Today in history: Conquest of Istanbul by Mehmet II

May 29 will mark the 560th anniversary of the conquest of Istanbul by Ottoman Sultan Mehmet II.

Today in history: Conquest of Istanbul by Mehmet II

Fatma Zehra Ozyagli-World Bulletin

May 29 will mark the 560th anniversary of the conquest of Istanbul by Ottoman Sultan Mehmet II.

Mehmet II was one of the greatest rulers recorded in history. He was a great leader, statesman, and commander. He was able to accomplish what his predecessors could not. Since the beginning of 14th century, Ottomans had tried several times to conquer Constantinople. However, none of these attempts were successful. Murat II executed the last of these attempts. His son, Mehmet II, claimed the throne on February 18, 1451 and immediately began preparations to capture the city.

Constantinople had strategic importance for both the Ottoman Turks as well as Byzantium. The city served as the last standing trace of western and Christian civilization in the region. The Byzantine included today’s Istanbul as well as a few villages located around the Marmara coast. The Empire was surrounded by the growing state of the Ottomans, who were positioned on all sides of the kingdom, cutting off its contact with Europe.

The Byzantine Empire acted as a barrier by controlling the Bosporus between the west and east sections of the Ottoman Empire, making communication as well as protection more difficult for the Turks. The western part of the empire was constantly under attack by the Europeans. Uprisings and revolts, caused by the Byzantine, were also common around the region. The division weakened the protection of the empire.

Soon after his ascension of the throne, Mehmet II started planning his master strategy which would eventually result in victory for the Turks. Mehmet II ordered the building of fortresses on the European side of the Bosporus in order to control the ships arriving from Europe. These three fortresses were built in 4 months.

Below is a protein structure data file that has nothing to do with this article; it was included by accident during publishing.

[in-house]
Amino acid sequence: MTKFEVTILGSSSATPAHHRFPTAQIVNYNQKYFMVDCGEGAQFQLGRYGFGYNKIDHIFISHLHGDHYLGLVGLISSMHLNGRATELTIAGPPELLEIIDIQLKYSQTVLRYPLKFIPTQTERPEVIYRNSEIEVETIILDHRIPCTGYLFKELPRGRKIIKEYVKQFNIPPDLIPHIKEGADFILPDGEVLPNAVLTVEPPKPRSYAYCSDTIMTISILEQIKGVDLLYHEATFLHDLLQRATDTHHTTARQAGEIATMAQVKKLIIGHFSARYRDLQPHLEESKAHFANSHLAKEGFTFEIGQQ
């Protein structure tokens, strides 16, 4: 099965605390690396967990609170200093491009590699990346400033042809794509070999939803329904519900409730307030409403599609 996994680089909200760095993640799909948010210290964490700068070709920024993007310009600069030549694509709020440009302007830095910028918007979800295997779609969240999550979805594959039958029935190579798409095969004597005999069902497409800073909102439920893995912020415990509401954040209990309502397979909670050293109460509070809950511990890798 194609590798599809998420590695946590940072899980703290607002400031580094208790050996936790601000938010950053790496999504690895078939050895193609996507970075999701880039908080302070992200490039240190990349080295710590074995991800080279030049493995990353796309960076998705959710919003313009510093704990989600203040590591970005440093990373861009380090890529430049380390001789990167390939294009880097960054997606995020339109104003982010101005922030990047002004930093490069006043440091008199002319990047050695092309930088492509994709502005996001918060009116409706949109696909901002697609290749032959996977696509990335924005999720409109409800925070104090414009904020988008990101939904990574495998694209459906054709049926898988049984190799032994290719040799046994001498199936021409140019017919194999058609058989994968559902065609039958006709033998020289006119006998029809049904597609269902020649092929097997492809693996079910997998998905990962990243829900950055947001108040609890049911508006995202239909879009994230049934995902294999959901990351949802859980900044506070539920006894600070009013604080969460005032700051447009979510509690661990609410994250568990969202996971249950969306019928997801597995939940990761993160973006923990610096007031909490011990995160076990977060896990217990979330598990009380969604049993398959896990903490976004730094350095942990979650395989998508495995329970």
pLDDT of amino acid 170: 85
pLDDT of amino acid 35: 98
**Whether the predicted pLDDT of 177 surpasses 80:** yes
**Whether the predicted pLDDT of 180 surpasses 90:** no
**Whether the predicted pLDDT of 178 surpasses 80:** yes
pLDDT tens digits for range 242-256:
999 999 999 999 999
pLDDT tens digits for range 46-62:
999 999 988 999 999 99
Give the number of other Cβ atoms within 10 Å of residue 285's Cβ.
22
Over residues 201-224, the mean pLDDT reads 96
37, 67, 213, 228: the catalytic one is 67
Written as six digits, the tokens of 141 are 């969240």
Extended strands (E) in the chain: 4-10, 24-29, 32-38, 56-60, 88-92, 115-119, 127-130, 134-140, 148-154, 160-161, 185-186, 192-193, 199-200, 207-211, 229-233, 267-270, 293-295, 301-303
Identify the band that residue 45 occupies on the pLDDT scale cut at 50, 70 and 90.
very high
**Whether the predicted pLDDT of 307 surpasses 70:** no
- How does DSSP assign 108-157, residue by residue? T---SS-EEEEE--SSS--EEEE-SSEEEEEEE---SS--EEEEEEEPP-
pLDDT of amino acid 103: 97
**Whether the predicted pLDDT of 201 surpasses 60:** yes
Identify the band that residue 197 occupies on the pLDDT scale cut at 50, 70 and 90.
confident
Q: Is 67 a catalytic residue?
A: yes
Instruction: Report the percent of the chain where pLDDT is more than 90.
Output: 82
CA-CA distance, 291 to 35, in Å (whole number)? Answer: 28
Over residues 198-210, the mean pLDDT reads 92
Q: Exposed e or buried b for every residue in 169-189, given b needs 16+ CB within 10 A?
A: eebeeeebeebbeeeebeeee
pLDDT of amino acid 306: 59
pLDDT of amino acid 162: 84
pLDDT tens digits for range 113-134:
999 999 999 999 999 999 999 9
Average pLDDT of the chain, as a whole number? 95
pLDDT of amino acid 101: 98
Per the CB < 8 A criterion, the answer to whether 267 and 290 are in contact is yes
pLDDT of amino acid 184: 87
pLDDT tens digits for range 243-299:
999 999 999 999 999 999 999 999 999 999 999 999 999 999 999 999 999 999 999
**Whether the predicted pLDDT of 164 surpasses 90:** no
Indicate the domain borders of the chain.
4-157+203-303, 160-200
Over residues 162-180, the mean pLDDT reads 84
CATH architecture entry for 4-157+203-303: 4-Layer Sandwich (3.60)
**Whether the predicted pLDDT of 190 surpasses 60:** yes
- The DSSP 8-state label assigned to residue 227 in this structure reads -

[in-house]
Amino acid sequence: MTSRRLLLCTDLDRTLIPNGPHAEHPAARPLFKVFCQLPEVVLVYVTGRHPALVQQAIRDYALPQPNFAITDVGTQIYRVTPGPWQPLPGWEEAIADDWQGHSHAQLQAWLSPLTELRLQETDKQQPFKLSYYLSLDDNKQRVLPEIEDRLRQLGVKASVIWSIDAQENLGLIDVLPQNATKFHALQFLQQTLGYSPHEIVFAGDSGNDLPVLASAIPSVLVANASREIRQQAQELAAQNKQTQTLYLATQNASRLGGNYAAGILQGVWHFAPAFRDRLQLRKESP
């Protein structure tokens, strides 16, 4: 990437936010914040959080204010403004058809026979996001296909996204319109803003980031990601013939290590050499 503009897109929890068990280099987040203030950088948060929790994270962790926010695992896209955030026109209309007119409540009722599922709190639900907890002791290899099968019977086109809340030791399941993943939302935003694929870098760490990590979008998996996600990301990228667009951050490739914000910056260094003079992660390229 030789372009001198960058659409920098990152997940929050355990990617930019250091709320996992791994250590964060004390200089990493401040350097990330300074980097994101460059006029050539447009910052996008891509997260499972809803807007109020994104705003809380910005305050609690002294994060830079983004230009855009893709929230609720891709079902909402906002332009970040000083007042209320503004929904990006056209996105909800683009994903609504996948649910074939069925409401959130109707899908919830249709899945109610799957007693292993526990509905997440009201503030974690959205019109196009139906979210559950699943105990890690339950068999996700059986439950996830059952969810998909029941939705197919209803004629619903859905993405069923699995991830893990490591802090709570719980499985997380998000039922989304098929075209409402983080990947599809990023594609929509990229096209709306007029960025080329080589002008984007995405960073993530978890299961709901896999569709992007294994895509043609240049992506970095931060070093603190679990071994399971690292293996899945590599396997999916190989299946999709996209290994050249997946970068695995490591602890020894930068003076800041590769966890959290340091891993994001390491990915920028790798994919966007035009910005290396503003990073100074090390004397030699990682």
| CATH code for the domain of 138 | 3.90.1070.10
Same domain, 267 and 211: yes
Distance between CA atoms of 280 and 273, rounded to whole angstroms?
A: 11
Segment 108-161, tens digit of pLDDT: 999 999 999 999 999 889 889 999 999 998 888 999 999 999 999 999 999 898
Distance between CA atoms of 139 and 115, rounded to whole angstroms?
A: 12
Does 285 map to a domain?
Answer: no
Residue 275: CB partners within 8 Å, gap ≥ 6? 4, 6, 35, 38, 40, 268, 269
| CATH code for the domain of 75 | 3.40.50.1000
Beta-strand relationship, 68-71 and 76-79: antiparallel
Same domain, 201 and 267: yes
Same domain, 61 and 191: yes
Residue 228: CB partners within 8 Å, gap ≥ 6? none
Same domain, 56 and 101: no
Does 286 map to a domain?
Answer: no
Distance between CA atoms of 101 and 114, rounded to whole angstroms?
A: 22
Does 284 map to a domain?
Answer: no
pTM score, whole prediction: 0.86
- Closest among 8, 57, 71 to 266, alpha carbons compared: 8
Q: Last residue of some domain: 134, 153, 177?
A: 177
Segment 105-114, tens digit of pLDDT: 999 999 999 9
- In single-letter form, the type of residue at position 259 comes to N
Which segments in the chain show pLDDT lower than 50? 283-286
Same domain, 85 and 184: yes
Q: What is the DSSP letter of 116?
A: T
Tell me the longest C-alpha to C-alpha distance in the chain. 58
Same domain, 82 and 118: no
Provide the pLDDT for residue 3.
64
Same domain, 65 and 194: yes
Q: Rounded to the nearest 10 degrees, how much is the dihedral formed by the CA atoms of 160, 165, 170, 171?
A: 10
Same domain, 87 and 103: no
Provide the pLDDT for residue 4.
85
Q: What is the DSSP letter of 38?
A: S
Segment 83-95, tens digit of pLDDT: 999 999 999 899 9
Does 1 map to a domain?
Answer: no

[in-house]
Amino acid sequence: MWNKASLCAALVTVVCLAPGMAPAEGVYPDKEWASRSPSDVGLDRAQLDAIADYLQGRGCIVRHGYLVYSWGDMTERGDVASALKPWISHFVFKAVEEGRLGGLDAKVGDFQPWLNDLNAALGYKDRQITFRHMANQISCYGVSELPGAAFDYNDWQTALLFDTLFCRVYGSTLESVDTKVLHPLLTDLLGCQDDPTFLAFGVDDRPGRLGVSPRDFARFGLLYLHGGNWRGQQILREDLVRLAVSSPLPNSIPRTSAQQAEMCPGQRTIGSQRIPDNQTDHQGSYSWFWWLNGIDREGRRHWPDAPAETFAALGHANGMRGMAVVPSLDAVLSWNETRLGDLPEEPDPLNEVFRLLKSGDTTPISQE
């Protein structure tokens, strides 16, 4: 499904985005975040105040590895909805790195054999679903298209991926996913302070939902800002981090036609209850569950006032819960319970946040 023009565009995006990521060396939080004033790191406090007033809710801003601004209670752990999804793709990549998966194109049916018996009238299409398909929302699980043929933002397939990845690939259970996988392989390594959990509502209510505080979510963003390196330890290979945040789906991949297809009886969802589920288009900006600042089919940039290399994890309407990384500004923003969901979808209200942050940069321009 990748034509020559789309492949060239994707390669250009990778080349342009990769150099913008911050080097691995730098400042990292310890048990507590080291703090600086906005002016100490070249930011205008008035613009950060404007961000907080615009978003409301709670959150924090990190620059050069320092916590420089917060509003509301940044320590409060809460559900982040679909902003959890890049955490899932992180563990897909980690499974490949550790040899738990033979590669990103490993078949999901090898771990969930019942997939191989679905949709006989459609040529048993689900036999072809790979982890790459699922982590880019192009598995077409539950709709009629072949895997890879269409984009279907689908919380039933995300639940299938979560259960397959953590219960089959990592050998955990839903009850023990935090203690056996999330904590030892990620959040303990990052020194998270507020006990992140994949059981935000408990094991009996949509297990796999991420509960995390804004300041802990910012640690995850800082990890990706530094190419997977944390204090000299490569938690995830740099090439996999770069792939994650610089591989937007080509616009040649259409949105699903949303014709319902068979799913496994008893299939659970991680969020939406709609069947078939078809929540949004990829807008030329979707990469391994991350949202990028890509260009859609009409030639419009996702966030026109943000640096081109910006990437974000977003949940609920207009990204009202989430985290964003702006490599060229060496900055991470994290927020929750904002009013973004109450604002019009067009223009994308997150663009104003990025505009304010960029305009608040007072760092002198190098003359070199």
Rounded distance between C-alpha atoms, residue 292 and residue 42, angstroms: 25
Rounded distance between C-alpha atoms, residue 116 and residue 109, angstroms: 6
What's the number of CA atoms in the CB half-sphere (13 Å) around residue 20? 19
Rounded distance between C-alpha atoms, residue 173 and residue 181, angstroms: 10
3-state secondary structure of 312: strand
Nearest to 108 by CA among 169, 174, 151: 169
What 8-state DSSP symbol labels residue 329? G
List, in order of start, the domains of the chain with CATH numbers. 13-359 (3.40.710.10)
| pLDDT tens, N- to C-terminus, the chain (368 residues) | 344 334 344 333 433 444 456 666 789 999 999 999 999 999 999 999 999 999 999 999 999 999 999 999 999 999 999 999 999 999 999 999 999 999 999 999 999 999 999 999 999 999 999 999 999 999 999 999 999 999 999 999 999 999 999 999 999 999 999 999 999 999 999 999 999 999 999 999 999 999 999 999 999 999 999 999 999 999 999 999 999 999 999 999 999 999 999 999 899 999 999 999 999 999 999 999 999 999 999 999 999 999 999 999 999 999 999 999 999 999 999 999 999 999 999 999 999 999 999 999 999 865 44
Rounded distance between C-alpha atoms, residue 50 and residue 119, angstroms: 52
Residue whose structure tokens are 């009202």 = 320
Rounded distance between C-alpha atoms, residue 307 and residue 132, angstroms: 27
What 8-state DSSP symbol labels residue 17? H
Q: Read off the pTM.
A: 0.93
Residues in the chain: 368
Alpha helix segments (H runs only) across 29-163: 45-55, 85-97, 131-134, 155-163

After their completion, Mehmet II held a Divan (Council/Parliament) in Adrianople with all the state officials and counsellors including Zaganos and Sehabeddin Pasha. The majority of the officials including Zahanos and Sehabeddin Pasha decided in favour of the war and preparations started soon after. Statesmen from all over the empire were brought to Adrianople for the planning of the war. New and improved cannons were needed to tear down the strong walls of Constantinople. The new cannons, Şâhi, were very large and weighed around 18 tons.

After the preparations, Mehmet II left Adrianople with an army of about 80,000 men on Friday, March 23, 1453. He was accompanied by great scholars such as Aksemseddin, Akbiyik and Molla Gurani. When he reached the walls of the city, he sent Mahmut Pasha as a delegate to Byzantine Emperor Constantine XI of Palegos. The Emperor was offered his life and his treasures in return for the abandonment of the city to the Ottoman Turks. However Constantine XI refused the offer thinking that European help would surely arrive. Seeing that an agreement could not be reached with the Byzantine Emperor, Mahmet II ordered the start of the war on April 6. The war ended on May 29, 1453 with an Ottoman victory.